midwestern gothic is a really under-utilized aesthetic but it honestly has so much potential
think about it, it’s perfect:
endless plains that threaten to engulf you in their silence; abandoned old houses, barely standing, that haunt the prairie as much as they themselves are haunted; the remnants of an industrial wasteland that tower over the plains, rusting and crumbling before your eyes; prairie fire eating up the earth, because sometimes the world must burn for life to flourish; highway signs that scream “hell is real” from the edges of the road like a warning; and those little pockets of picture-perfect suburbia, slowly rotting from the inside out
and you can’t escape it, the nothingness of it all– what’s more terrifying than that?
cornfield gothic aesthetic, because i fucking hate cornfields and i can’t escape, there is no escape, the corn, it grows;
dusty barns with half-rotted roofs and vines creeping up the side, JESUS SAVES and WILLSHIRE DIARY, JOHNSON & SON PRODUCE, EVERETT FARMS in peeling paint. flowers grow through the foundations and over rusted tools.
the corn rising over your head and waving in unison, the shhss of stalks, the sound of things growing. the cornfields ripple like water, and you don’t notice any wind.
the feeling of relief when it’s the off season and you’ve planted soy instead. soy only grows up to your shins; for once, you can see what’s out there.
clumps of forest in the middle of seas of corn. the woods are dark. you never go anywhere without a flashlight.
six ‘grandpa’s cheese barns’ between waterville and dayton; all six are run by the same old man who has too many teeth when he smiles. he is not your grandfather, and his cheeses taste like wine and hot metal.
ponds and streams and lakes filled up with thick green mats of algae, dotted with shining horseflies, dragonflies, tadpoles the size of your thumbnail. algae clings to the birds and to your ankles. you pretend not to notice the smell.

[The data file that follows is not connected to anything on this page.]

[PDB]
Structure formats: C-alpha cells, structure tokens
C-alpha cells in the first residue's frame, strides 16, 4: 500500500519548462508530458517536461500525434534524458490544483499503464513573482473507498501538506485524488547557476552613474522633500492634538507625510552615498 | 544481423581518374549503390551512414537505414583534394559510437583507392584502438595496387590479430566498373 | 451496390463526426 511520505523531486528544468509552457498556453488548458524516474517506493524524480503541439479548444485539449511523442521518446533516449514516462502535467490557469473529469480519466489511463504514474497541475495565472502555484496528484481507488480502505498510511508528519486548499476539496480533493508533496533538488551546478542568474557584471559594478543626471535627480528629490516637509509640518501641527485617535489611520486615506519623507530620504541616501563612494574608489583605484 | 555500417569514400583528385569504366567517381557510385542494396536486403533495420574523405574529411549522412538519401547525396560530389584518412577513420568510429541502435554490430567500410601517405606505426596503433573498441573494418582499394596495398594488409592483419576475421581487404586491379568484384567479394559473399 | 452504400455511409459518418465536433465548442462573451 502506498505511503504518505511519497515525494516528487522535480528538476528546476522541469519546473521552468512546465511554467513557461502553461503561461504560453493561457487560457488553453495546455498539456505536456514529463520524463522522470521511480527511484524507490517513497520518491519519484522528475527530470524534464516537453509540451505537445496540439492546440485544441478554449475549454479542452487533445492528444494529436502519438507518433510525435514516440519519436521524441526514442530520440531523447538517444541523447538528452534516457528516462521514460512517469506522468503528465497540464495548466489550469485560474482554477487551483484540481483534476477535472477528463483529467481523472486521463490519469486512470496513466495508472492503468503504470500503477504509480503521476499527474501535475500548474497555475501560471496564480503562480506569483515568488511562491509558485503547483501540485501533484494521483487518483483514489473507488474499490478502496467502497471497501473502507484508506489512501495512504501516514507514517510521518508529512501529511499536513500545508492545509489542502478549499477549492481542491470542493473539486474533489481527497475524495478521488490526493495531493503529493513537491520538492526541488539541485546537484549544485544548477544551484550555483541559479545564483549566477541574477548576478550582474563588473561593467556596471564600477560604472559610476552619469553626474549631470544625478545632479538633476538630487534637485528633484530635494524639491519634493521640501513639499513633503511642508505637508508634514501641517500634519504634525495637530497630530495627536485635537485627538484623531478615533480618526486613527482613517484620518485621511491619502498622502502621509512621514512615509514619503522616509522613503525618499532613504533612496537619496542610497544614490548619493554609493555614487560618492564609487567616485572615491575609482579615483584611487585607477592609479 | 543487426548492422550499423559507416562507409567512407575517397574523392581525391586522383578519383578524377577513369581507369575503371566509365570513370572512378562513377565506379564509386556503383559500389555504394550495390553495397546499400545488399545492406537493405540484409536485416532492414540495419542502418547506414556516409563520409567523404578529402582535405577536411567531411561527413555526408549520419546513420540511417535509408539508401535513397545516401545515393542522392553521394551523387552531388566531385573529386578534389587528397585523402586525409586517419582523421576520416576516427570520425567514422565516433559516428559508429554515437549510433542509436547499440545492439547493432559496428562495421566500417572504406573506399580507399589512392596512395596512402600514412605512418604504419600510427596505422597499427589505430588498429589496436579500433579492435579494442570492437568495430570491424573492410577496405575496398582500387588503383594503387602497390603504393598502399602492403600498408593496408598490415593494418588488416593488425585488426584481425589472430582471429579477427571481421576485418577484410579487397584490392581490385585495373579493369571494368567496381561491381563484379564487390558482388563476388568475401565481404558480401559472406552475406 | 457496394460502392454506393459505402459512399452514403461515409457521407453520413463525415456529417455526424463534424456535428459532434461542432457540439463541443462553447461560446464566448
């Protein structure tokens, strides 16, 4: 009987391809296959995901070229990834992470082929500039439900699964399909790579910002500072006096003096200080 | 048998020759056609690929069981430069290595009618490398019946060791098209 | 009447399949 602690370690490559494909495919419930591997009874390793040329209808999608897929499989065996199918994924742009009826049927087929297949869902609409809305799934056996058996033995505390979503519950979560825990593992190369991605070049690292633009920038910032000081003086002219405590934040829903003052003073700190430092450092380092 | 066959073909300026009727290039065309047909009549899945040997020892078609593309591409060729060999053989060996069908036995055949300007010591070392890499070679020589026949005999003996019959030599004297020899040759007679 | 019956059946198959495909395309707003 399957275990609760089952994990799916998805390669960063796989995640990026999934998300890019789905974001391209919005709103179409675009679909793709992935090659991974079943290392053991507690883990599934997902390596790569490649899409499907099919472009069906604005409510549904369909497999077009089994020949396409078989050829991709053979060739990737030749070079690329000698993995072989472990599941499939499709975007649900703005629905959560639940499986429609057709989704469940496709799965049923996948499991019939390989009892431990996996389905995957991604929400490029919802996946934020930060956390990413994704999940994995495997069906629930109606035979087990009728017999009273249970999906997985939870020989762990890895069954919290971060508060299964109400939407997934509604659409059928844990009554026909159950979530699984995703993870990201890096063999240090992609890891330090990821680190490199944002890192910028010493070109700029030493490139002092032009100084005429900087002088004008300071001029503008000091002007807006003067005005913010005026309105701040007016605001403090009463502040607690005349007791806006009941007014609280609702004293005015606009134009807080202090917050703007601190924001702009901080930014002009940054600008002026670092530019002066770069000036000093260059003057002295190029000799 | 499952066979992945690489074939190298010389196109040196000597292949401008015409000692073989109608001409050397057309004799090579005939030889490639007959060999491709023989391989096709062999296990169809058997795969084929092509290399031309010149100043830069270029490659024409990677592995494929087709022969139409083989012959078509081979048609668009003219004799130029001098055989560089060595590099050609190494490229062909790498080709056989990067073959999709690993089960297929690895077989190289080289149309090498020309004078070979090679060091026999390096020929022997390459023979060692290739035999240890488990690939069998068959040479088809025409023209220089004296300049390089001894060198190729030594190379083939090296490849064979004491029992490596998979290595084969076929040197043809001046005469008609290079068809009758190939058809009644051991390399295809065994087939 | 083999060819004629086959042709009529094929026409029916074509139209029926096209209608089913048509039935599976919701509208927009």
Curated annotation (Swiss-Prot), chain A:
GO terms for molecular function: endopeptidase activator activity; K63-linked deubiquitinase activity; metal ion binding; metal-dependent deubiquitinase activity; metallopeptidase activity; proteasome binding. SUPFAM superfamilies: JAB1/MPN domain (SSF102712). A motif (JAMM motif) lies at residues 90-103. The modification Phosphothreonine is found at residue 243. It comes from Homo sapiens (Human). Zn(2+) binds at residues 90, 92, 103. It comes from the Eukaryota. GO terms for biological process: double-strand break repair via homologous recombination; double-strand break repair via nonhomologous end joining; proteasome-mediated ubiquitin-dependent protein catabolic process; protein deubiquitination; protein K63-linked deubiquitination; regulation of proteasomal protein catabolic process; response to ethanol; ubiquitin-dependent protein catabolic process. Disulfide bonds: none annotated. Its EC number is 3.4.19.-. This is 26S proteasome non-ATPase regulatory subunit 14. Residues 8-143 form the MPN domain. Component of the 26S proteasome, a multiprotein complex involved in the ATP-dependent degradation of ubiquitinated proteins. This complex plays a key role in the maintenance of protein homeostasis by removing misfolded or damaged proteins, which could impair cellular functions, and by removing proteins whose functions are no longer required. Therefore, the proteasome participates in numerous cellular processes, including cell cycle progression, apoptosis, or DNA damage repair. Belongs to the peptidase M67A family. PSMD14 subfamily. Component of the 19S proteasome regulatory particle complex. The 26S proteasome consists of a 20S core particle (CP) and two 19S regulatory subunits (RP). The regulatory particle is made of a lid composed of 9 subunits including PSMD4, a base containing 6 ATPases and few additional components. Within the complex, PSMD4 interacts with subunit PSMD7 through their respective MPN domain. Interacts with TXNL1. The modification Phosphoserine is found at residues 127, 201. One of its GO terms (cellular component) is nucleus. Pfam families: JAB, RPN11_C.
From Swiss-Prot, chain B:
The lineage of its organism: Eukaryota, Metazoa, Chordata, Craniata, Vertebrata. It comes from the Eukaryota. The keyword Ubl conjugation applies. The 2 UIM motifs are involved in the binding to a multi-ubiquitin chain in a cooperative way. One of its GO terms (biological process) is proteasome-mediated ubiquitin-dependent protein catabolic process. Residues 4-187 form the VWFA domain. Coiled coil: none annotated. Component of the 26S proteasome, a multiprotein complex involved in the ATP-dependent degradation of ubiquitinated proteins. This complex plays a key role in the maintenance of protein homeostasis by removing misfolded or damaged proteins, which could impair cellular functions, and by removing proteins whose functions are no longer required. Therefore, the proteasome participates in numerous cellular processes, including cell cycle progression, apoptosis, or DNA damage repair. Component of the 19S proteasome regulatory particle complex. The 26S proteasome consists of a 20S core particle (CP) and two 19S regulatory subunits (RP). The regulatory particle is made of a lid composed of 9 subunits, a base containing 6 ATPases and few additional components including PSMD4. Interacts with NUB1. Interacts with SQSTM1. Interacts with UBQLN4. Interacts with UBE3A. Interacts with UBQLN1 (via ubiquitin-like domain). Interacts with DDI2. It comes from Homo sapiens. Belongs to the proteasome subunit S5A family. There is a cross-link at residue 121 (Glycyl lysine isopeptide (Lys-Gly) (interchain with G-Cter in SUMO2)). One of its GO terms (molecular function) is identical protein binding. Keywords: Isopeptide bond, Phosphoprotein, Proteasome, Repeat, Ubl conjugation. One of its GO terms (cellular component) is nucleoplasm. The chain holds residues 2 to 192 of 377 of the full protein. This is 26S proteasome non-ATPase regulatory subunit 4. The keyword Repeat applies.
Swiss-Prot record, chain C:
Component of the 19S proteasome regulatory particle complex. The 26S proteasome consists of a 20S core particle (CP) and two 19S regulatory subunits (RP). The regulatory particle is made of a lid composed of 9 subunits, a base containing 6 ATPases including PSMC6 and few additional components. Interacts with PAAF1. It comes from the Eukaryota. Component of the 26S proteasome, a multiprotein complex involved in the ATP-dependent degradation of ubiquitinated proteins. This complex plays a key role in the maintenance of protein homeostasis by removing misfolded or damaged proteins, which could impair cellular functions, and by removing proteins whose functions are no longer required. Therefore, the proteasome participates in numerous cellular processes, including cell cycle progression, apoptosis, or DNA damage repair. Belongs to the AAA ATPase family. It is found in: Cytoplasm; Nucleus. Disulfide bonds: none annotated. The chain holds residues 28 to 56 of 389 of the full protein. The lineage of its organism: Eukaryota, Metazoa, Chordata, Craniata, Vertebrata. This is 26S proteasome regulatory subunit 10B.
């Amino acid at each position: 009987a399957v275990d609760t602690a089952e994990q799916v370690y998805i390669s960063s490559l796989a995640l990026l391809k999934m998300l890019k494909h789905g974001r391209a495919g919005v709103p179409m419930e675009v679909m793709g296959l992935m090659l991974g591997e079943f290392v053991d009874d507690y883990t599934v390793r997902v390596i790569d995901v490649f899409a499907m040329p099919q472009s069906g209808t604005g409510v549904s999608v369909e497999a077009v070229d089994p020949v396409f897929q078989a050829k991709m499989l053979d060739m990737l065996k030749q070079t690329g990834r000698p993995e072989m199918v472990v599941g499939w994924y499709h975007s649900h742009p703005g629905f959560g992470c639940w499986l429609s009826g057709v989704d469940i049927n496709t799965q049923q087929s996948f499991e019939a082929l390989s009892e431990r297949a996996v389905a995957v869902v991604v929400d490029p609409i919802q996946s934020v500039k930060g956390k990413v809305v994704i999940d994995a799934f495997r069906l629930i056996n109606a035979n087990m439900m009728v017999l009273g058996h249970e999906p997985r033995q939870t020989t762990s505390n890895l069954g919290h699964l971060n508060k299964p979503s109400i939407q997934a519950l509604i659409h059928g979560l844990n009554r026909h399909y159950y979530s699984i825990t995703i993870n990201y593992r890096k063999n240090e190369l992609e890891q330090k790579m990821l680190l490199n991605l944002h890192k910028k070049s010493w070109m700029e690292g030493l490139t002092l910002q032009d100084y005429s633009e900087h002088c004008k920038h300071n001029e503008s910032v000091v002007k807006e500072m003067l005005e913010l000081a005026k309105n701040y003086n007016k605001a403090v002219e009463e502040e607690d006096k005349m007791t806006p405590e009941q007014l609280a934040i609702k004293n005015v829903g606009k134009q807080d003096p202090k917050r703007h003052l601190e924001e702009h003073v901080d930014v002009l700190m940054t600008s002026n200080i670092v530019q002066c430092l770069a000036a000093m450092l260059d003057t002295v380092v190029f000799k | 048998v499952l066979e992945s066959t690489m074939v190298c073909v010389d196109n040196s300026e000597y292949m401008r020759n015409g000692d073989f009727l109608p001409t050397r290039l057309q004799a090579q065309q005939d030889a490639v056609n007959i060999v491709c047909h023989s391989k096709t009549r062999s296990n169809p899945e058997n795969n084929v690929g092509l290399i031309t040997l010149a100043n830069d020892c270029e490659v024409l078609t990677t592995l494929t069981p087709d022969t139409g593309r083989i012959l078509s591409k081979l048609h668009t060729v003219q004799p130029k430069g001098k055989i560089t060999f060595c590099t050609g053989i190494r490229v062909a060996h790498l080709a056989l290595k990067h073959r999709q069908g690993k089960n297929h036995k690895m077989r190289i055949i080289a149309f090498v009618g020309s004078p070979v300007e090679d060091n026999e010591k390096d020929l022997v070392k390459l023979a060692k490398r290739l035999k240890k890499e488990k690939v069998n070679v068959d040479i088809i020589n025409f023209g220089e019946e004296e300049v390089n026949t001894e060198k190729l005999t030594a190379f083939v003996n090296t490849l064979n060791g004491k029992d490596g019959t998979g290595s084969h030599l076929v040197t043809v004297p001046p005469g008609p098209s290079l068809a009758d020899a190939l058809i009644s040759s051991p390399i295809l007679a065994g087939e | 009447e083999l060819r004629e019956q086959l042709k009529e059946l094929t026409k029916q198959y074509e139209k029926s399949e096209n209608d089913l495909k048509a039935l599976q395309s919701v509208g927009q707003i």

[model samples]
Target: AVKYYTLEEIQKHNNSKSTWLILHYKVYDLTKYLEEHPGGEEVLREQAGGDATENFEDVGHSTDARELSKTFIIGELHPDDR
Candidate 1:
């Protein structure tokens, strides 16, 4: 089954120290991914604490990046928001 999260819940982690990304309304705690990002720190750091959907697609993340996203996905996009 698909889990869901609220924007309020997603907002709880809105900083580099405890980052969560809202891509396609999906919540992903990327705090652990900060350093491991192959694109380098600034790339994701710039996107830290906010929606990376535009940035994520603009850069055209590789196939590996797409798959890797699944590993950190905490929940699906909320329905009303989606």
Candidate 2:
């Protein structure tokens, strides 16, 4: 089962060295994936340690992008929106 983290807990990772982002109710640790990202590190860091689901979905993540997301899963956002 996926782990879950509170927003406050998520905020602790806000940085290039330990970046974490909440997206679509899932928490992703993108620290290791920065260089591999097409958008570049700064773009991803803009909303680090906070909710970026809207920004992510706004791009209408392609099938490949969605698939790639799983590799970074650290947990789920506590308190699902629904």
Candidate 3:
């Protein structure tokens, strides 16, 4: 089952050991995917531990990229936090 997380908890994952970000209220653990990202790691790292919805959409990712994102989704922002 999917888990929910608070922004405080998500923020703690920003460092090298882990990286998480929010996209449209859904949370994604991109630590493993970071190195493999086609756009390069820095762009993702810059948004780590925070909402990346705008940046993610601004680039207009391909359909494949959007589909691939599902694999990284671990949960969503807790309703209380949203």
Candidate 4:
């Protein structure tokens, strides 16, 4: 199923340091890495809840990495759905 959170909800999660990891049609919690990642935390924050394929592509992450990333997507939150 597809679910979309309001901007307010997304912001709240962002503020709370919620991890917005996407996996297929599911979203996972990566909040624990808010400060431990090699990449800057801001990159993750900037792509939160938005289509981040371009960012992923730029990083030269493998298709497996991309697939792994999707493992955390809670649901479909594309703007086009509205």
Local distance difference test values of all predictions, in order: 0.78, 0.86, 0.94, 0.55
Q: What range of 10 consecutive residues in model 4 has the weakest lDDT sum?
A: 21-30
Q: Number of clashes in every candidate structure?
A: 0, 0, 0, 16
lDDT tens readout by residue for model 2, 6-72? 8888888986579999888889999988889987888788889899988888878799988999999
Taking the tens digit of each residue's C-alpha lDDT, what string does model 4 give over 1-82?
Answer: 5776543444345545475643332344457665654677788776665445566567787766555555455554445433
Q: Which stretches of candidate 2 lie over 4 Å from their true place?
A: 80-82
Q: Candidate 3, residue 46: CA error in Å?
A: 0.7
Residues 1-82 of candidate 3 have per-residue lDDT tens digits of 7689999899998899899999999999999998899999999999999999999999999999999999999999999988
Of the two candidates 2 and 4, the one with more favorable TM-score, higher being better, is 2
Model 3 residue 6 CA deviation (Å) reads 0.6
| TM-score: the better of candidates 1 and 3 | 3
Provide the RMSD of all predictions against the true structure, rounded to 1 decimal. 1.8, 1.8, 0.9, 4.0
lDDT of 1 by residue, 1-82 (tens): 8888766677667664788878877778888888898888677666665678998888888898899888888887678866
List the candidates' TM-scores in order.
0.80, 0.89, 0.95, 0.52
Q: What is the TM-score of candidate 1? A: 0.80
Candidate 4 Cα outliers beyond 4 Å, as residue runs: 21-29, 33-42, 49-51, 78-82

crosses made out of toothpicks and matches. your great aunt leaves them under your pillow, and you keep finding them in the fields.
that back half of trail you can’t convince your horse to go down. the last time you tried she threw you, and when you woke up on the ground, arranged neatly on the very edge of the corn, you could swear that something was holding your hand.
lights in the fields at three in the morning. ancient songs. strange patterns. “just old man peterson gettin’ an early start on the harvest,” you tell yourself, and go back to sleep.
corn mazes every october, colored flags, clues, your flashlight held tight in your fist. during the day you run through the maze with all your friends, trying to memorize the best way in and out. at night you fill your pockets with salt and walk through the maze slowly, eyes on the ground, careful not to piss anything off.
HELL IS REAL signs every hundred miles going down i-75. hell is real; mrs. bennett brews it in the still behind her shed and trades it for apples the size and color of fresh hearts.
the emptiness after the harvest, when the corn is gone and you’ve burned everything and the earth is black and clean underneath your feet. safe, you tell yourself, i am safe.
there is something that walks behind the cornrows. you give him your blood and your sweat and your reverence, and you do not look him in the eye.
In my experience, it’s not Midwestern Gothic to spot some smoky, many-tendrilled Cthulhu monster creeping out from its murky netherworld home between rows of corn while a harvest moon gleams above your shivering head.